Types of Propeller Guards

Most Propeller Safety Devices can be classified into one of the categories below.

Propeller Guards – they are physical barriers designed to provide protection for the propeller, marine life, or people compared to open propellers on conventional inboards, outboards and stern drives. Propeller Guards generally fall into one of four broad categories: Cages / Screens, Shrouds / Rings, Deflectors, and Unique Propellers.

Marine Drives – several types of marine drives provide some protection from being struck by a propeller in certain situations.

Miscellaneous Propeller Safety Devices and Approaches – sensors, mirrors, and host of other approaches, including virtual propeller guards.

Propeller Safety Interventions Not Involving Devices – boater safety education, decals, warnings, and many more.

Below we provide a reasonably extensive list of devices and approaches in each of the above categories.

Propeller Guards

Cages / Screens

  • Conventional propeller guards that look like a cage or screen
  • Cages with rear screens that swing up when underway to reduce drag
  • Cages that swing up out of the water at high speed to minimize performance and handling impacts
  • Retractable cage guards

Vane Guards

  • Flattened vanes are used to form a barrier between people and the propeller
  • Some use hollow vanes that can be shaped like airfoils to reduce drag
  • Some affix the vanes to what might look like a conventional ring guard

Shrouds / Rings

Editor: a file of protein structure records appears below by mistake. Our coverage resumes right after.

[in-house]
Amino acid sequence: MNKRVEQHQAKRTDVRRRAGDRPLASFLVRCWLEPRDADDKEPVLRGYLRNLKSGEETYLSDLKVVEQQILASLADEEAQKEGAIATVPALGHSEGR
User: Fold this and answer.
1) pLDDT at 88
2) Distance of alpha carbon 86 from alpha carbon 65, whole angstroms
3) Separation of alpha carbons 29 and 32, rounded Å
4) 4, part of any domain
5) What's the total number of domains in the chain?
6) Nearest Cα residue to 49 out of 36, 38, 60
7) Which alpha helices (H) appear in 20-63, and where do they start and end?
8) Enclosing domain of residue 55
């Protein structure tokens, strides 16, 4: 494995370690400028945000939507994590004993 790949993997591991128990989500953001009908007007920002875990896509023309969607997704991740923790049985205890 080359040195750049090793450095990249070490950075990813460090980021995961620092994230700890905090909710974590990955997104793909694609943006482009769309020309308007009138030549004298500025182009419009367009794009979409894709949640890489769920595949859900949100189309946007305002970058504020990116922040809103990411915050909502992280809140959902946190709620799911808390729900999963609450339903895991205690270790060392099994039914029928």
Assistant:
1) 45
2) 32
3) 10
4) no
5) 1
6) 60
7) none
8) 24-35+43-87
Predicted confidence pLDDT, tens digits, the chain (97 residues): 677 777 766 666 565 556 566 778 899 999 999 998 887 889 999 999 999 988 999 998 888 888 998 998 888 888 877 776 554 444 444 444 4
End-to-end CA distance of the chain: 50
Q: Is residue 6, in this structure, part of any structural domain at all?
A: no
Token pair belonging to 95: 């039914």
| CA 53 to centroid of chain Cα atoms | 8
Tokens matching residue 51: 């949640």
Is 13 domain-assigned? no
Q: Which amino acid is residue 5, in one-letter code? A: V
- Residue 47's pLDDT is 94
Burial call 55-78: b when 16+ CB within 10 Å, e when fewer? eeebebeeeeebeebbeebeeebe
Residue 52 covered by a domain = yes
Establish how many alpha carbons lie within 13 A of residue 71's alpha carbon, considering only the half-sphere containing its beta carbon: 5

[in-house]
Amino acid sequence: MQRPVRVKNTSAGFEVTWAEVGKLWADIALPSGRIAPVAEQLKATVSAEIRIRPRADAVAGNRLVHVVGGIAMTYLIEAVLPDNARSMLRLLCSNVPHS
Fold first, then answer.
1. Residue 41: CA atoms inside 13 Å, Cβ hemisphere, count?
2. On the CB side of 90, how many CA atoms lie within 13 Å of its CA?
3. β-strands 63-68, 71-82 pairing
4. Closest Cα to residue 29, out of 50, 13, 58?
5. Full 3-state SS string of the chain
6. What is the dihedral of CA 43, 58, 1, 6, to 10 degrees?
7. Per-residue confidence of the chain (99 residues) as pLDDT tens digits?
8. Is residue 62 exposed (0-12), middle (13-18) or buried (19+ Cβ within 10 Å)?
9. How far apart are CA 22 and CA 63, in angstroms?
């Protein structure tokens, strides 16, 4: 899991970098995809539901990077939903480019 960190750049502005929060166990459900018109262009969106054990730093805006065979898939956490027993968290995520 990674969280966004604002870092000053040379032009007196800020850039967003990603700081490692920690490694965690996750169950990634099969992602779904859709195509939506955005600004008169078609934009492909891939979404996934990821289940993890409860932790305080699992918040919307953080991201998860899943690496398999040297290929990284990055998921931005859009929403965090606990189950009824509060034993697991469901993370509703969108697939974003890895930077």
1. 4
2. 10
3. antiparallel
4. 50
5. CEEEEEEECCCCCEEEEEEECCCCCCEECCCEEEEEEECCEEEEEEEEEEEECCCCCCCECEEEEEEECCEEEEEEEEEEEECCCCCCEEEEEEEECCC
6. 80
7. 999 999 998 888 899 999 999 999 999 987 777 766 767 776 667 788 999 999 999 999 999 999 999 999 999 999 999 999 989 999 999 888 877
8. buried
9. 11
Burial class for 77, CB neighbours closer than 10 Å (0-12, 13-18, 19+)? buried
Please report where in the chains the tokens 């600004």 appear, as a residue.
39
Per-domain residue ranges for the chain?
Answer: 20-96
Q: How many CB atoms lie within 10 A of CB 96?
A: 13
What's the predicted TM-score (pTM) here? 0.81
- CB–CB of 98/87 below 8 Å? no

• An extended ring or duct is installed around a prop on an existing drive
  • Ring guards with rear screens that swing up when underway to reduce drag
  • A series of concentric rings, like Prop Guard from Prop Guard Marine, or the Thrustor from Marine Propulsion Technologies


  • Deflectors in front of drive or propeller, including drive skegs
  • Deflectors beside the propeller
  • Deflectors below the propeller
  • Deflectors behind the propeller

Unique Propellers

  • Ring around the propeller (ring is part of the prop, like RingProp)
  • Rounded leading edges of blades (Australian Environmental Safety Propeller and PowerTech!’s version of it)

Marine Propulsion Designs / Drive Types Providing Some Protection From Propellers

  • Inboard Water Jets (water intake in bottom of hull, nozzle is behind transom)
  • Centrifugal Water Jet Outboard (everything is behind the transom, intake is part of the drive)
  • Axial Pump Jets (ACT Marine)
  • Contra-rotating water jets (Contrapel – was not yet on the market in mid 2012)
  • Tunnel Drives
  • Ducted Drives
  • Kort Nozzles
  • Rim Driven Drives (like Brunvoll and Norpropeller’s Rim Driven Thruster RDT)
  • Partially submerged water jet (Hydro-Air Drive)
  • Riverboat paddle wheel drives, stern wheeler
  • Oscillating vertical fins (Voith Schneider Propeller)
  • Hovercraft
  • Airboat (big fan on the back)
  • Electric Drives – U.S Patent 6,676,460 senses people in the water and brakes the drive
  • Hazelton Propulsion – most often used on submersibles. Like a ring of variable pitch blades captured in a carrier going around the circumference of a submarine. Can be adapted to boats by extending round “pods”. U.S. Patent 3,805,723 for example.
  • Oars / Paddles
  • Exotic Drive Types not currently on the market
    • Pursuit Dynamics steam drive
    • Hydrodynamic Flushing Propulsion from Tyvik of Norway- nozzles shoot water horizontally perpendicular to the bow to reduce pressure on the front of displacement boats (could be a houseboat) and pressure on the back of the boat pushes it forward. Vestfold University students are working with Tyvik.
    • MagnetoHydroDynamic Propulsion (MHD) – not currently practical
    • Fishlike propulsion (MIT Robo Tuna)
    • Flapper drives (a flat sheet is “flapped” in vertical or horizontal plane)
    • Track drives (something looking like a snowmobile track puts its tread in the water)
    • Bowthruster Propulsion – something looking like a bowthruster sucks water all the way through the boat and pushes it out the stern
    • Rocket propulsion
    • Boeing low signature propulsion – expands and compresses a volume to expel water U.S. Pat. 6,860,770 and others